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Economy Lab

Men: money smart, or just more confident? Add to ...

Frances Woolley is a professor of economics at Carleton University, where she teaches public finance





Most research on financial literacy finds that women are less financially literate, on average, than men. According to one study using U.S. data, “many women are unfamiliar with even the most basic economic concepts needed to make saving and investment decisions.” A new study published by the National Bureau of Economic Research (NBER) concludes that “financial illiteracy is widespread among older Americans, particularly women.”



One explanation of these findings is that measures of financial literacy are biased against women. Take, for example, one of the questions used in the NBER study:



“Do you think that the following statement is true or false? ‘Buying a single company stock usually provides a safer return than a stock mutual fund.’”

59 per cent of men surveyed gave the “correct” answer (false) compared to 48 per cent of women. But the men surveyed also chose the wrong answer slightly more often than women did. The big difference between men and women was in the “don’t knows.” 39 per cent of women opted for “don’t know”, compared to just 25 per cent of men. Does this mean women are ignorant, or that women have a well-justified concern about high management fees and the possibility of mutual fund mismanagement? Perhaps it just reflects men’s greater confidence, and willingness to guess the answer on questionnaires?



My own research with Carole Vincent and Taylor Hui, soon to be published by the Social Research and Demonstration Corporation, finds a similar gender gap in financial literacy in Canada, using a wide range of financial literacy measures. The table at the end of this article, taken from our paper, was created during our analysis of Statistics Canada’s Canadian Financial Capabilities Survey. The table is based on responses from people between 25 and 65 who are not yet retired.



The Canadian Financial Capabilities Survey began by measuring people’s own subjective assessments of their financial literacy. Respondent were asked: “How would you rate your level of financial knowledge?” “How would you rate yourself on each of the following areas of financial management: .. keeping track of money? ….making ends meet?” …shopping around to get the best financial product such as loans or insurance rates? …staying informed on financial issues?



Respondents rated themselves on a one to four scale, with 1=very good, 2=good, 3=fairly good and 4=not very good. People were considered to have a high rating of their own financial literacy if their average response to these “how good are you” questions was between 1 and 2.5.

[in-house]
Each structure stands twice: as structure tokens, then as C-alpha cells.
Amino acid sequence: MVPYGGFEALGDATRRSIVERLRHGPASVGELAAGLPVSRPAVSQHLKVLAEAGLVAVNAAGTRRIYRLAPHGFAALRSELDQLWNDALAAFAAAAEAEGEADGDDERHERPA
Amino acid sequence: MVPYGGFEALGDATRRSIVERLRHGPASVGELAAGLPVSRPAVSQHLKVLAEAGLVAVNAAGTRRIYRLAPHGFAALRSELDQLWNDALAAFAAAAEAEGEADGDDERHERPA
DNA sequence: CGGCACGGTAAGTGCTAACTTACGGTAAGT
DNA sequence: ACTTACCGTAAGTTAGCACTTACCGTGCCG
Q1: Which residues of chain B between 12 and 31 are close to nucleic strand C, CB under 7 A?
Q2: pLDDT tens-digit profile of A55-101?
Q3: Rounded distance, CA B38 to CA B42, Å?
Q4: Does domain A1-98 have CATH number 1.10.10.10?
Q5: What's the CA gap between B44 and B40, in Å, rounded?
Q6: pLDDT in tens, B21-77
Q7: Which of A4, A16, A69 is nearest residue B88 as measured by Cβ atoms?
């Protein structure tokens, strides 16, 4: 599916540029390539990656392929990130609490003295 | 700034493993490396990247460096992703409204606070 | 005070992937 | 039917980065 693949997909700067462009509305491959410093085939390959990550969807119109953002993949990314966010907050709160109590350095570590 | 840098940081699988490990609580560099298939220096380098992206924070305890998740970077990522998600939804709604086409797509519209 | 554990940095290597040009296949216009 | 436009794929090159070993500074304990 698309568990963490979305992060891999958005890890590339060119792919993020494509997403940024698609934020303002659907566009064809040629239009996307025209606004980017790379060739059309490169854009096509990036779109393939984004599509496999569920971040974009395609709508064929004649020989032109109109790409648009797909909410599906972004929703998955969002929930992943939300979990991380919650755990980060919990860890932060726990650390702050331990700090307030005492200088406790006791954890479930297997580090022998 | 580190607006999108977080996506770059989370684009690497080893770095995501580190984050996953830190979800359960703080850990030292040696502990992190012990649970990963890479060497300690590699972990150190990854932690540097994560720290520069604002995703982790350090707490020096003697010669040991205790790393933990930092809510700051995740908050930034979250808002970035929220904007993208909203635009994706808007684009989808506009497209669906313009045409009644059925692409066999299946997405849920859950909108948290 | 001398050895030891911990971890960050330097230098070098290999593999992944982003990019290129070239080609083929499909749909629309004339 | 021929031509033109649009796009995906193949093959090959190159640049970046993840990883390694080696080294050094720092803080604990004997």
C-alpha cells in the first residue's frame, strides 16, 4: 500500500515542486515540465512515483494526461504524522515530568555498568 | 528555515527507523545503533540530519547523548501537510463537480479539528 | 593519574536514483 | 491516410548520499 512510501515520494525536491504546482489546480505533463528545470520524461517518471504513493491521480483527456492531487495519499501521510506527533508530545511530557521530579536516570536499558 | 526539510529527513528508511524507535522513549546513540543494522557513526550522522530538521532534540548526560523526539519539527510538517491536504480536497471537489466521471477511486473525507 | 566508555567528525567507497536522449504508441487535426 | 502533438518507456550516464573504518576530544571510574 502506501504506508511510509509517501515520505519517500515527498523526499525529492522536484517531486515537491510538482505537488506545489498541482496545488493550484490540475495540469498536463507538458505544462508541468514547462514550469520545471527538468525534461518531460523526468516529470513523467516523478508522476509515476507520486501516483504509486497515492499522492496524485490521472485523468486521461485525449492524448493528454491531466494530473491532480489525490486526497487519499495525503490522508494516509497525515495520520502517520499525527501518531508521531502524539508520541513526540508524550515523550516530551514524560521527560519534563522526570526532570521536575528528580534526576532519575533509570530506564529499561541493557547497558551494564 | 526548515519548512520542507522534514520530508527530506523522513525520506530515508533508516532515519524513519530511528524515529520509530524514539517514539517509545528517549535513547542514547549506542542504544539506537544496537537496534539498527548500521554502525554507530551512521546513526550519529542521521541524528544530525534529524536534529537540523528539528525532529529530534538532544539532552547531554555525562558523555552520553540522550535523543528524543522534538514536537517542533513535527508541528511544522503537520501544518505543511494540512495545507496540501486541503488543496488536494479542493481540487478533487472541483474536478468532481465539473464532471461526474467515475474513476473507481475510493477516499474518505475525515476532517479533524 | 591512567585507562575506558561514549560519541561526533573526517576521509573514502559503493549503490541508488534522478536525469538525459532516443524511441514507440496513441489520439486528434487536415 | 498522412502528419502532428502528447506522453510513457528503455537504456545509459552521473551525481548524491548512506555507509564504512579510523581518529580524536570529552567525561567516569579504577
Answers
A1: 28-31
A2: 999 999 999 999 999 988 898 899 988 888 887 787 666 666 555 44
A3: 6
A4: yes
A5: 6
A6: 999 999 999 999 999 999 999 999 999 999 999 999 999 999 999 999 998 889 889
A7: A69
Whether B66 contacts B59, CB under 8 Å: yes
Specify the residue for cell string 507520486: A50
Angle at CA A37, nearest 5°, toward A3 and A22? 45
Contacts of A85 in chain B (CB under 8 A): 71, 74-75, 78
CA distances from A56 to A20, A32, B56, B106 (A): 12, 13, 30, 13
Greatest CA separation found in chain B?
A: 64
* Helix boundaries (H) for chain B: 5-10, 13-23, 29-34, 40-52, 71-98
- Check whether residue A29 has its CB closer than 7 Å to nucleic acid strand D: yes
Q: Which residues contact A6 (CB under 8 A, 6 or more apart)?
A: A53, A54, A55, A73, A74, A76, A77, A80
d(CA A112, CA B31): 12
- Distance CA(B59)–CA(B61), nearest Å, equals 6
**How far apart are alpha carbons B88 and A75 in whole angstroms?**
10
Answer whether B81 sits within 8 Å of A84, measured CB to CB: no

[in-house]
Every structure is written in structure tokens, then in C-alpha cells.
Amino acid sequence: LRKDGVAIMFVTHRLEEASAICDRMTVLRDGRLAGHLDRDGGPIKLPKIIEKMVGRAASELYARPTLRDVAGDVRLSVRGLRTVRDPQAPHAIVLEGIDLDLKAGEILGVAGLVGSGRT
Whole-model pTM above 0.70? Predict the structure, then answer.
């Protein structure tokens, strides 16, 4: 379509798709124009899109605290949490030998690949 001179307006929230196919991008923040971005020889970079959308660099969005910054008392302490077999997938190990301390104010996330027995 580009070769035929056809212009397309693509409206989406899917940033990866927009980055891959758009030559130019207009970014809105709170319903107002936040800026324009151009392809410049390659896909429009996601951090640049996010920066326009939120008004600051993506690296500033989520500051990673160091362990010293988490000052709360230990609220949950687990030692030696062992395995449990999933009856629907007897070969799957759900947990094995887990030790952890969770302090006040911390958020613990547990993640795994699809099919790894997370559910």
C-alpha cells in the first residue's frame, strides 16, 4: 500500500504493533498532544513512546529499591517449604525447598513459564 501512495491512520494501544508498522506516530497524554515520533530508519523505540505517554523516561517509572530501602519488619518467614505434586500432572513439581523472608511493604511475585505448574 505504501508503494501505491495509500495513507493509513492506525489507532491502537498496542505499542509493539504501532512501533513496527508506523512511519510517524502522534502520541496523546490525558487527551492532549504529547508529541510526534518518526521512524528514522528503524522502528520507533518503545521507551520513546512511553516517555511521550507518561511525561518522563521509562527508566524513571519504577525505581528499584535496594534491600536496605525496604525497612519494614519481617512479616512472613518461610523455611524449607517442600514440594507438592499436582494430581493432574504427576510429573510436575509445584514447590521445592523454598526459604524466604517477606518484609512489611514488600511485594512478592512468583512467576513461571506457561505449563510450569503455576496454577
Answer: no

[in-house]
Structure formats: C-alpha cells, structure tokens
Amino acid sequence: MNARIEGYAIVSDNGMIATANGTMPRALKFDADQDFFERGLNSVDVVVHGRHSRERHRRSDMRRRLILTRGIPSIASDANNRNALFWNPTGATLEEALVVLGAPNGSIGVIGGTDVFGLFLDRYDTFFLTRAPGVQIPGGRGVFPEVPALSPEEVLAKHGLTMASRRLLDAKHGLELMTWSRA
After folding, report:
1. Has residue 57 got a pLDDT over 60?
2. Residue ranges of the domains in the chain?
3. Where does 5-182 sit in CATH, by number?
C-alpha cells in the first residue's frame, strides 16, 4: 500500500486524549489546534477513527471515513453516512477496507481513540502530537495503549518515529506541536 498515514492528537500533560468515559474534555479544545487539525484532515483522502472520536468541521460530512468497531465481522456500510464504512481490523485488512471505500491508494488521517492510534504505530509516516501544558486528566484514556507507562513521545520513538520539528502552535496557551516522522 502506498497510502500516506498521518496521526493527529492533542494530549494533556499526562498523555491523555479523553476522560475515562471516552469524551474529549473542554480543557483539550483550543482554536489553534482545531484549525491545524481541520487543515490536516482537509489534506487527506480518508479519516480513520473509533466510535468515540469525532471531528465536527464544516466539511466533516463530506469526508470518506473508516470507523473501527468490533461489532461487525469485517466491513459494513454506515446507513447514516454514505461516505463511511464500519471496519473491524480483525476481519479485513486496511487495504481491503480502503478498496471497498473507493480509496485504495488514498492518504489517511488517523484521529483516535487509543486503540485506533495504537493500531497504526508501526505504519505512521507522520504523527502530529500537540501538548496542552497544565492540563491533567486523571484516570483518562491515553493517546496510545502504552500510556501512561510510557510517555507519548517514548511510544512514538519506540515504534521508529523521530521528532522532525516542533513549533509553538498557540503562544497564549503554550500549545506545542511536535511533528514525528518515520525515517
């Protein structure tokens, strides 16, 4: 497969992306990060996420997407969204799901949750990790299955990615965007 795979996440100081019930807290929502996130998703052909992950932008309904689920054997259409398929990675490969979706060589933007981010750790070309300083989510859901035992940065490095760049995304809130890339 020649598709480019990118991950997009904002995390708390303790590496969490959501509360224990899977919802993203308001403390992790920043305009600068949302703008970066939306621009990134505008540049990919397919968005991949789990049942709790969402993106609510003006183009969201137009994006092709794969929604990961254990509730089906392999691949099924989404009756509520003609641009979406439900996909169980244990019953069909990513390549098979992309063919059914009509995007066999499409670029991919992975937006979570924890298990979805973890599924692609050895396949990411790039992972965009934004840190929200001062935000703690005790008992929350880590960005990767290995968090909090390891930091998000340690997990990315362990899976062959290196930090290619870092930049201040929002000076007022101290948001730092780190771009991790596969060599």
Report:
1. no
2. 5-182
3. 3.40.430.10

Who thinks that they are good at managing their finances? First of all, married or cohabiting men -- 70 per cent give themselves a good rating for financial management. Next on the list is married or cohabiting women -- two-thirds of whom give themselves a good rating. The group least confident about their financial management abilities is single women, with 57 per cent rating themselves as good. Is this just a confidence gap, with men saying that they are good at financial management, even though they are no better than women? Or are men actually better financial managers?



The Canadian Financial Capability Survey also asked respondents directly about their financial practices, with eight yes-no questions about keeping track of financial affairs, engaging in research before making a financial decision, consulting with friends, family or financial professionals, and so on. Anyone who answered “yes” to four or more of the questions was considered to have good financial management skills. On this more objective measure of financial literacy, the difference between men and women was smaller -- indeed the difference between single men and single women completely disappeared. But for people who are married or living together, men are more likely to get a high score on the financial practices measure than women.



My gut feeling is that the gender financial literacy gap is a combination of three things. First, it’s the type of questions surveys use to measure financial literacy -- questions about mutual funds, not about how to cook dinner for four for $10 or less. Second, it’s men’s greater confidence -- or show of confidence. I believe that it’s more socially acceptable for a woman to confess ignorance about financial maters. Third, I think that there are some real gender differences in financial literacy, stemming in part from differences between men’s and women’s education and work experience, and in part from differences between men’s and women’s responsibilities for financial management within the family.



But what these differences mean for men’s and women’s everyday lives -- and what to do about them -- is another question.











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